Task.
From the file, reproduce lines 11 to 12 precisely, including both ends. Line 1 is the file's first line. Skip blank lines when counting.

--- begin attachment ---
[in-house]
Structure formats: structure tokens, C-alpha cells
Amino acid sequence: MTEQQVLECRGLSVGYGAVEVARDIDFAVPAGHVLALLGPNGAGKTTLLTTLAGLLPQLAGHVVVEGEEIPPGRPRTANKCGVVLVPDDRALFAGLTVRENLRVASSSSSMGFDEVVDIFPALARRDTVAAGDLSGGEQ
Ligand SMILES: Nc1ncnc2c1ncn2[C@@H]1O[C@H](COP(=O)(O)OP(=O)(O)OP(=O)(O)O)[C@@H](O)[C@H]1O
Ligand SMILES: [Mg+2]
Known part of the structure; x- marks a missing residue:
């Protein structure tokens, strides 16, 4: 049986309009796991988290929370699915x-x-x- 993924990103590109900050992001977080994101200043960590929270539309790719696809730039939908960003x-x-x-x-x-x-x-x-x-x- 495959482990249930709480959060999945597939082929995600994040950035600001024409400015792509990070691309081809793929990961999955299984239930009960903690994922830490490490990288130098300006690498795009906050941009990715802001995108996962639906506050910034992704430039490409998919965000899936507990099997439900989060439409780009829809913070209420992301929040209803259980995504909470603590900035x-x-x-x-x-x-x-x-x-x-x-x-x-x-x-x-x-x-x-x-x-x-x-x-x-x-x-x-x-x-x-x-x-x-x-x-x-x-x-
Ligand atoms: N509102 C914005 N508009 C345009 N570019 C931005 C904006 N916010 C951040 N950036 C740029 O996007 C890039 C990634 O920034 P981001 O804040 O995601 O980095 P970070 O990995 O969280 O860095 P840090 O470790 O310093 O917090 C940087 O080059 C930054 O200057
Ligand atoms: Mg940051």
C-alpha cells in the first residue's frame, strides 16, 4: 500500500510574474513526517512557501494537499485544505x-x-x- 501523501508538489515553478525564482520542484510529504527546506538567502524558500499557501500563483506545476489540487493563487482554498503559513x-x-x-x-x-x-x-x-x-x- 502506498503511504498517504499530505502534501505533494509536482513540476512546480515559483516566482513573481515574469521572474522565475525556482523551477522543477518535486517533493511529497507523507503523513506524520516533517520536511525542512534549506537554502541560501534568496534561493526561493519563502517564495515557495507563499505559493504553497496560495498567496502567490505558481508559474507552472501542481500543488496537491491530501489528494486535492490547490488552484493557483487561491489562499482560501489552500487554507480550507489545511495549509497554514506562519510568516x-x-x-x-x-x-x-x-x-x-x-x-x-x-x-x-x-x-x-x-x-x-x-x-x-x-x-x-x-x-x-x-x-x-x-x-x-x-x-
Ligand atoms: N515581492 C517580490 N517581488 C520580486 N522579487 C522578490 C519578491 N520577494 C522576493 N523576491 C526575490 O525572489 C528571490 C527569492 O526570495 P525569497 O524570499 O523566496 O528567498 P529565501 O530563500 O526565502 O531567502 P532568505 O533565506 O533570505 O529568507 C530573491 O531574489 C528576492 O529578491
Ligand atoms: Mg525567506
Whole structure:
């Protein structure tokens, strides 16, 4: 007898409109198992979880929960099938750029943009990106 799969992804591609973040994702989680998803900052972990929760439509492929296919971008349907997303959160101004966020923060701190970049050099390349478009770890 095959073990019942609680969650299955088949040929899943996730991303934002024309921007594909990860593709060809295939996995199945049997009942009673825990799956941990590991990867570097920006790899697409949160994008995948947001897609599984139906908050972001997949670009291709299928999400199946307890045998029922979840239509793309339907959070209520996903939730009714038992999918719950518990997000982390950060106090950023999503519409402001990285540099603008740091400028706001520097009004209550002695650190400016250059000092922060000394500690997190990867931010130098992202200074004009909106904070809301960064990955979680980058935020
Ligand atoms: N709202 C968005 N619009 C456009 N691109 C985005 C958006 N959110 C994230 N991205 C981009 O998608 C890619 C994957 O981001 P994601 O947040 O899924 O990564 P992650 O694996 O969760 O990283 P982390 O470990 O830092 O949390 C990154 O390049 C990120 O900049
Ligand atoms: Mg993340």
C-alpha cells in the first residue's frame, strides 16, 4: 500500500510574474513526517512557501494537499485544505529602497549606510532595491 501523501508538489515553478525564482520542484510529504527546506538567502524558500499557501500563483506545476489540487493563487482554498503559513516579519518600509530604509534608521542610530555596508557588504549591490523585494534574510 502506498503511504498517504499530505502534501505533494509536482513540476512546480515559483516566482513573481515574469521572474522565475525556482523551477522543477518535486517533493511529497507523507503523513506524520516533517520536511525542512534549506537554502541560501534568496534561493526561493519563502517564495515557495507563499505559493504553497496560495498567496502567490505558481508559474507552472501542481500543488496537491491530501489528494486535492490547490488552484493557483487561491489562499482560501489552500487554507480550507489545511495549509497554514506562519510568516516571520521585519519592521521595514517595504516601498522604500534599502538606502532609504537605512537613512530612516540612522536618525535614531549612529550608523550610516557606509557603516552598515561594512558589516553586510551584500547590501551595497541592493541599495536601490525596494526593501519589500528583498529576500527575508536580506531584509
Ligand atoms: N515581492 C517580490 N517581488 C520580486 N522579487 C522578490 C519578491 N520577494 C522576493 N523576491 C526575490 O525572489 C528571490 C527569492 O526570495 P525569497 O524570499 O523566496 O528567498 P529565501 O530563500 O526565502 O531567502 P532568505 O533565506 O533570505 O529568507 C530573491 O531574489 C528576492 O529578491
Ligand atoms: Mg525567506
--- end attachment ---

Ligand atoms: N515581492 C517580490 N517581488 C520580486 N522579487 C522578490 C519578491 N520577494 C522576493 N523576491 C526575490 O525572489 C528571490 C527569492 O526570495 P525569497 O524570499 O523566496 O528567498 P529565501 O530563500 O526565502 O531567502 P532568505 O533565506 O533570505 O529568507 C530573491 O531574489 C528576492 O529578491
Ligand atoms: Mg525567506